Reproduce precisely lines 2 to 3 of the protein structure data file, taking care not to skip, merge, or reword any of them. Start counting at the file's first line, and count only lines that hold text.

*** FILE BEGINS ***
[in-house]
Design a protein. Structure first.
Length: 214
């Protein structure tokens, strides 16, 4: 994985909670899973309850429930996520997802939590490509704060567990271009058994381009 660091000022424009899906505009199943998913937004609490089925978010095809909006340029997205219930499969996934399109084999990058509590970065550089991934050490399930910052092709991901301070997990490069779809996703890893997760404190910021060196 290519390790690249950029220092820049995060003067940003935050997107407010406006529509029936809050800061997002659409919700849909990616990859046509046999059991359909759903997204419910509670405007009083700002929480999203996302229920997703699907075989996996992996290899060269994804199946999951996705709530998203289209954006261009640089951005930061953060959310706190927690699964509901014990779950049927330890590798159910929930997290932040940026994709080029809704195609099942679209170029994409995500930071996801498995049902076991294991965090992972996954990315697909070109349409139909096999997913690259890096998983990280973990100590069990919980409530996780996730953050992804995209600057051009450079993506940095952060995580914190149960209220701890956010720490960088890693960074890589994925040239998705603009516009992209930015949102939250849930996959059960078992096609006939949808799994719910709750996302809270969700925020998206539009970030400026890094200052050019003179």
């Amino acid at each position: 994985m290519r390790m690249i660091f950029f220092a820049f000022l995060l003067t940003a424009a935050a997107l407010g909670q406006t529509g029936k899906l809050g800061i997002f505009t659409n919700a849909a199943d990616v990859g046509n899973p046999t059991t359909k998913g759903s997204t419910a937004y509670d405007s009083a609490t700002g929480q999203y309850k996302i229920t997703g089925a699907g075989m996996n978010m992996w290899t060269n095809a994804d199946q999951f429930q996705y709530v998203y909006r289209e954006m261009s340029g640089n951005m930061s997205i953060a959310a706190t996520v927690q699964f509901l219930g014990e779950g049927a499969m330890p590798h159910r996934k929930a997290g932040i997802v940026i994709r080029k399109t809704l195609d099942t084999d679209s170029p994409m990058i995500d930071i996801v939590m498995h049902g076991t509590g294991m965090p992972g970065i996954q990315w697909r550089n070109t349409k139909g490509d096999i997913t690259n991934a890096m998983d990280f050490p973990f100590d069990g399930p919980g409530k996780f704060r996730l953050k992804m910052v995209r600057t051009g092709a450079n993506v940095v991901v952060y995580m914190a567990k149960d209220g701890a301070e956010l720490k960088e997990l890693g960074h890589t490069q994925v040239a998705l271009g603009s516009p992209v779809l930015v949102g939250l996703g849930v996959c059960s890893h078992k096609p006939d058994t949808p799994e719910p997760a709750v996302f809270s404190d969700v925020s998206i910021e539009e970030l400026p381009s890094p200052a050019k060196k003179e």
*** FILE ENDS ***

Design a protein. Structure first.
Length: 214